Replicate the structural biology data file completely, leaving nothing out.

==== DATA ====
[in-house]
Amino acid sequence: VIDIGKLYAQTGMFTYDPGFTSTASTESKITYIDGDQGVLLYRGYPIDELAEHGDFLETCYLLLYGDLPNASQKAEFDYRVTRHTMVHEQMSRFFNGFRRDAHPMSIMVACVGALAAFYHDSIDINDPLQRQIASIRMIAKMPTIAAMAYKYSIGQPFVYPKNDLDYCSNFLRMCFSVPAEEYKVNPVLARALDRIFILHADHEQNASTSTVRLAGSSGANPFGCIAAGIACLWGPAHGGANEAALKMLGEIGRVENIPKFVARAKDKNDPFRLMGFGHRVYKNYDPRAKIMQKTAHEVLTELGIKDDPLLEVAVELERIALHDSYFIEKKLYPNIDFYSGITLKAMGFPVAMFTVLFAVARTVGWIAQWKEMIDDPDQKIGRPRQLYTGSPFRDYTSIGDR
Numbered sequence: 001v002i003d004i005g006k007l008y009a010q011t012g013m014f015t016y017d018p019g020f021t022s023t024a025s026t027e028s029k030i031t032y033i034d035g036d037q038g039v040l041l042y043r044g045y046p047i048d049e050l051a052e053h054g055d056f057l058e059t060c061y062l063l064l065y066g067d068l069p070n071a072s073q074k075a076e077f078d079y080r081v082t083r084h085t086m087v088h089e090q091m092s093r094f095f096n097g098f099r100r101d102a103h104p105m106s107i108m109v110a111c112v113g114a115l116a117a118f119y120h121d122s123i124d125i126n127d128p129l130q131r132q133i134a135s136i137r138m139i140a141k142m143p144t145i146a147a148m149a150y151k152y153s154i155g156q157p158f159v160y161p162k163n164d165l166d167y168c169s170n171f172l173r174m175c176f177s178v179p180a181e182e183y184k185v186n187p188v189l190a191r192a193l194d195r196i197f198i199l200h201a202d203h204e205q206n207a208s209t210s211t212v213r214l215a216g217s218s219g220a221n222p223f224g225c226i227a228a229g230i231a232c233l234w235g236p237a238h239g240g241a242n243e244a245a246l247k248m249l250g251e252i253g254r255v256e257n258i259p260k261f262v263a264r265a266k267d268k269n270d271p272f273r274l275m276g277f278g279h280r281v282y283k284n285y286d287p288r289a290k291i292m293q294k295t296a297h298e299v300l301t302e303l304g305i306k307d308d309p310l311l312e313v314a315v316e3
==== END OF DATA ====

[in-house]
Amino acid sequence: VIDIGKLYAQTGMFTYDPGFTSTASTESKITYIDGDQGVLLYRGYPIDELAEHGDFLETCYLLLYGDLPNASQKAEFDYRVTRHTMVHEQMSRFFNGFRRDAHPMSIMVACVGALAAFYHDSIDINDPLQRQIASIRMIAKMPTIAAMAYKYSIGQPFVYPKNDLDYCSNFLRMCFSVPAEEYKVNPVLARALDRIFILHADHEQNASTSTVRLAGSSGANPFGCIAAGIACLWGPAHGGANEAALKMLGEIGRVENIPKFVARAKDKNDPFRLMGFGHRVYKNYDPRAKIMQKTAHEVLTELGIKDDPLLEVAVELERIALHDSYFIEKKLYPNIDFYSGITLKAMGFPVAMFTVLFAVARTVGWIAQWKEMIDDPDQKIGRPRQLYTGSPFRDYTSIGDR
Numbered sequence: 001v002i003d004i005g006k007l008y009a010q011t012g013m014f015t016y017d018p019g020f021t022s023t024a025s026t027e028s029k030i031t032y033i034d035g036d037q038g039v040l041l042y043r044g045y046p047i048d049e050l051a052e053h054g055d056f057l058e059t060c061y062l063l064l065y066g067d068l069p070n071a072s073q074k075a076e077f078d079y080r081v082t083r084h085t086m087v088h089e090q091m092s093r094f095f096n097g098f099r100r101d102a103h104p105m106s107i108m109v110a111c112v113g114a115l116a117a118f119y120h121d122s123i124d125i126n127d128p129l130q131r132q133i134a135s136i137r138m139i140a141k142m143p144t145i146a147a148m149a150y151k152y153s154i155g156q157p158f159v160y161p162k163n164d165l166d167y168c169s170n171f172l173r174m175c176f177s178v179p180a181e182e183y184k185v186n187p188v189l190a191r192a193l194d195r196i197f198i199l200h201a202d203h204e205q206n207a208s209t210s211t212v213r214l215a216g217s218s219g220a221n222p223f224g225c226i227a228a229g230i231a232c233l234w235g236p237a238h239g240g241a242n243e244a245a246l247k248m249l250g251e252i253g254r255v256e257n258i259p260k261f262v263a264r265a266k267d268k269n270d271p272f273r274l275m276g277f278g279h280r281v282y283k284n285y286d287p288r289a290k291i292m293q294k295t296a297h298e299v300l301t302e303l304g305i306k307d308d309p310l311l312e313v314a315v316e3